Mr. THOMPSON of Pennsylvania. Mr. Speaker, yesterday it was reported that the United States has 2.4 quadrillion cubic feet of natural gas that can be recovered by current drilling techniques, according to a study by companies working in various shale basins across the country. That's 26 percent higher than the previous assessment, and at current consumption rates, a 90-year supply. The Marcellus shale has the largest share of resources, with an estimated 741,320 billion cubic feet.
What has caused such a jump in resources and production? Not the Federal Government, that's for sure. According to the Congressional Research Service, production of natural gas has decreased on Federal lands by 33 percent. It's the hard work and innovation of private industry, a combination of technological and drilling advances that have allowed us to access resources that were previously inaccessible, all in a responsible and environmentally friendly way. In fact, just last week, the Energy Information Administration stated that expanded use of natural gas has driven down energy-related U.S. carbon dioxide emissions to their lowest level since 1994.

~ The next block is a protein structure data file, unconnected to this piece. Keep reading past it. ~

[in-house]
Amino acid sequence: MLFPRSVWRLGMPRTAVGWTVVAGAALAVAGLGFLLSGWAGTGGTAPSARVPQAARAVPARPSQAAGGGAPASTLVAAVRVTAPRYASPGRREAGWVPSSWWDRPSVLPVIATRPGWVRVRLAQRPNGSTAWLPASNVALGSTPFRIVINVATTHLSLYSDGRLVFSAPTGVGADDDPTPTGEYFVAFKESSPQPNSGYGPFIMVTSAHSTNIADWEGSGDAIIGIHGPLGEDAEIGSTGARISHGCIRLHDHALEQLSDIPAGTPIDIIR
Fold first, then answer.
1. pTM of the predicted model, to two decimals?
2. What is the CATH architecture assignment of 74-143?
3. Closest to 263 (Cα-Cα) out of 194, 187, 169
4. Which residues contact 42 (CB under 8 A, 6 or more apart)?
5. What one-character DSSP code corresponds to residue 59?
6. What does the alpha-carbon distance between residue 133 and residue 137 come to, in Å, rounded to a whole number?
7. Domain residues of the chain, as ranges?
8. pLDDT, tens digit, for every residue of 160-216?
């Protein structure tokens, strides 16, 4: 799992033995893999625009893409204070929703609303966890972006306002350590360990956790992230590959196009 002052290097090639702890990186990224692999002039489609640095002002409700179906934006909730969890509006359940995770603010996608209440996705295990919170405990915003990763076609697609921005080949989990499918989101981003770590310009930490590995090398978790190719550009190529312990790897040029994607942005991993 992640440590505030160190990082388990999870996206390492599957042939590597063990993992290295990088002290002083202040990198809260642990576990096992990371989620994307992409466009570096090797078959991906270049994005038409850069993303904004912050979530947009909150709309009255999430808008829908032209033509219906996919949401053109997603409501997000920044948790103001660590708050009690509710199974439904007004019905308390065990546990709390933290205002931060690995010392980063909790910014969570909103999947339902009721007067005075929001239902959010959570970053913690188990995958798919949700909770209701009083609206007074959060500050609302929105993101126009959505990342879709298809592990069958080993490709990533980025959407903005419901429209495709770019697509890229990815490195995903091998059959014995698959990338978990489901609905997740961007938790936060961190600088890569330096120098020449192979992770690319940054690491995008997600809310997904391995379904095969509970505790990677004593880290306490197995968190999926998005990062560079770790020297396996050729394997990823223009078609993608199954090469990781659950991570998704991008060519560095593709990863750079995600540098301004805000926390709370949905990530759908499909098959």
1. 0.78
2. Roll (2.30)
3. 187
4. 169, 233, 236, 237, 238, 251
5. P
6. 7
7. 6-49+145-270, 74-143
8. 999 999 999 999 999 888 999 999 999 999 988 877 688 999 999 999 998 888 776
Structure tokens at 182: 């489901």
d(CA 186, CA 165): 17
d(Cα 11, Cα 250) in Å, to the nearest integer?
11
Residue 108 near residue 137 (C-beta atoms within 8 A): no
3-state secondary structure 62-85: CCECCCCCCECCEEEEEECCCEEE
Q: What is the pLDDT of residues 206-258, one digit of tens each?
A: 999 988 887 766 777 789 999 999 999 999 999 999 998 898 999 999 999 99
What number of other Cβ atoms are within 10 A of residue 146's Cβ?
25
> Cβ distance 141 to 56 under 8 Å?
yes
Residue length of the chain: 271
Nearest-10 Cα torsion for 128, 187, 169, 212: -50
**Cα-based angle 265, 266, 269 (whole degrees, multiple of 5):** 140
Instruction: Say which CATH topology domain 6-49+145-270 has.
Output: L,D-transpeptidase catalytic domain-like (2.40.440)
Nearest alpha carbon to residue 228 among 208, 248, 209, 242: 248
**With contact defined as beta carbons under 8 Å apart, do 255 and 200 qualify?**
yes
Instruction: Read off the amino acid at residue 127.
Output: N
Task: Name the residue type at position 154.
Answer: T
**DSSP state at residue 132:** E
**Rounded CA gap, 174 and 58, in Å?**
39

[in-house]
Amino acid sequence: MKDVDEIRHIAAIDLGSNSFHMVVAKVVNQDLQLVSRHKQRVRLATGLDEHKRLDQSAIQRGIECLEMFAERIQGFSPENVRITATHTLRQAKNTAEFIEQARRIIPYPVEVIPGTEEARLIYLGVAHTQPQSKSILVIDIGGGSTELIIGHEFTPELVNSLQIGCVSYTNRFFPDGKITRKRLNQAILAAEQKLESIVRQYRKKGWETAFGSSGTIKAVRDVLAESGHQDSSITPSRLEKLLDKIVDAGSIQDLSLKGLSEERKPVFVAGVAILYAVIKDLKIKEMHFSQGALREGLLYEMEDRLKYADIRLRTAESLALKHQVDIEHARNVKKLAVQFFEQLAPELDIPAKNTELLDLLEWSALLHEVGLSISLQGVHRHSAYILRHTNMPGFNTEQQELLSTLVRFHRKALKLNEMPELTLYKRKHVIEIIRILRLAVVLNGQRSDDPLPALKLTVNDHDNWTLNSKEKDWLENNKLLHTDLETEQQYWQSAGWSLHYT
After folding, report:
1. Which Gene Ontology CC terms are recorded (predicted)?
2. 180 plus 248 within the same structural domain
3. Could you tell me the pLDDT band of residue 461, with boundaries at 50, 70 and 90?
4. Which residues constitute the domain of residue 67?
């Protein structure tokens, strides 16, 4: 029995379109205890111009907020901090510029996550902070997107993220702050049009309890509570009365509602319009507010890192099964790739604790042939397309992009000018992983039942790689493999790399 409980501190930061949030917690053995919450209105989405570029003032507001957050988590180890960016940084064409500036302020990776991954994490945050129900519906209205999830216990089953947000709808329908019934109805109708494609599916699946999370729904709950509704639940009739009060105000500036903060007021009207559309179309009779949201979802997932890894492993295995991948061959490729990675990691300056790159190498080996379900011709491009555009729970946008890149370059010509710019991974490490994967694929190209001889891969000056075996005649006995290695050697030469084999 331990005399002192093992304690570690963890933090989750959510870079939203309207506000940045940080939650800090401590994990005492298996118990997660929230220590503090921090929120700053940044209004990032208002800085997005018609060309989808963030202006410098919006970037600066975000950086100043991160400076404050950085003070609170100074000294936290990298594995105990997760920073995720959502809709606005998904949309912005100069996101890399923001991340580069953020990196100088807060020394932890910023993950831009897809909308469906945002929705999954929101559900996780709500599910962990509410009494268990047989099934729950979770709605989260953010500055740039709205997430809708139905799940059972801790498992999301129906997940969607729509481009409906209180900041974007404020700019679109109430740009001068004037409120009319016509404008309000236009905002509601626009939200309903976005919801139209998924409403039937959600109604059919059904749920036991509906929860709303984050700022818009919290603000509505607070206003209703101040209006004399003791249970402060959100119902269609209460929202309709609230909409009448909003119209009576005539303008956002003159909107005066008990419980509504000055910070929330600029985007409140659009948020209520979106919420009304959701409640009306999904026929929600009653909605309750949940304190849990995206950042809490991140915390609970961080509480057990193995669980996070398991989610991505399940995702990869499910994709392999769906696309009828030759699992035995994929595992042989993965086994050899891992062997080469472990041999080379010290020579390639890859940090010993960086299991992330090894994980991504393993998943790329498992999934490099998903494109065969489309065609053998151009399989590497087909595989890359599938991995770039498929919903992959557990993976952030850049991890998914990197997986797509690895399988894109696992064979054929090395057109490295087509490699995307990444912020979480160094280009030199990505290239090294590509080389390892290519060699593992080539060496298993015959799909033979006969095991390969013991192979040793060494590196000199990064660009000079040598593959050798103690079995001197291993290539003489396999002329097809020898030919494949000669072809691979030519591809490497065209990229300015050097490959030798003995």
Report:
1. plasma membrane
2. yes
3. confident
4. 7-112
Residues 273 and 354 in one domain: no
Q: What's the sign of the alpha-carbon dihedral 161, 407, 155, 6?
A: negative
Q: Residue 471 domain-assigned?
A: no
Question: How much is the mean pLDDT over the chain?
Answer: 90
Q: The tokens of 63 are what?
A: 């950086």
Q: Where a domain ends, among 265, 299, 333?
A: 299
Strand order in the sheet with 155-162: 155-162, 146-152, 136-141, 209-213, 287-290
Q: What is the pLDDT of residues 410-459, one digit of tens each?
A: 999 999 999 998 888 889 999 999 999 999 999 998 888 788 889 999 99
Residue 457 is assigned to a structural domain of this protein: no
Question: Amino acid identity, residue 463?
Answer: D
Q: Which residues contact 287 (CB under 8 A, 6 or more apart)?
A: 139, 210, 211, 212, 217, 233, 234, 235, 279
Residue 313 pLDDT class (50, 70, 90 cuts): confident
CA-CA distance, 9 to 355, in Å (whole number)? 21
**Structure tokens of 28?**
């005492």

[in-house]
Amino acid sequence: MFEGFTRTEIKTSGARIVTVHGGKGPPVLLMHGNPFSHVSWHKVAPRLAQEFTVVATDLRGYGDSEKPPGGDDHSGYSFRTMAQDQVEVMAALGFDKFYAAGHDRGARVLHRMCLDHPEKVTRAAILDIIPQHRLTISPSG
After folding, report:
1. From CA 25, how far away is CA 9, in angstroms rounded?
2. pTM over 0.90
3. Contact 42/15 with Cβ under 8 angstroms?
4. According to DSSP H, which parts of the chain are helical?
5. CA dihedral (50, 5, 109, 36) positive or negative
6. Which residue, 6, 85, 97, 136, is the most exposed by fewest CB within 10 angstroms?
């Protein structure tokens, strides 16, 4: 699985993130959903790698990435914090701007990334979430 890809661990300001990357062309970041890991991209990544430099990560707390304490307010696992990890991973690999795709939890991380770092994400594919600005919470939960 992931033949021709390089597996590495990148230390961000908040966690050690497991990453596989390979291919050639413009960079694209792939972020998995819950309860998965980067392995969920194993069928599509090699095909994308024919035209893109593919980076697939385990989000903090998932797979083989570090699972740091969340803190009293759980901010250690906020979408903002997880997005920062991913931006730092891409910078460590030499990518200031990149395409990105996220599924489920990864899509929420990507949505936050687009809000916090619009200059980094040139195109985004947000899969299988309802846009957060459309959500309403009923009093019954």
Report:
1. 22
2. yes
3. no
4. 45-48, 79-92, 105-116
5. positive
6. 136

America is just beginning to realize the opportunity of this growing and economically beneficial resource.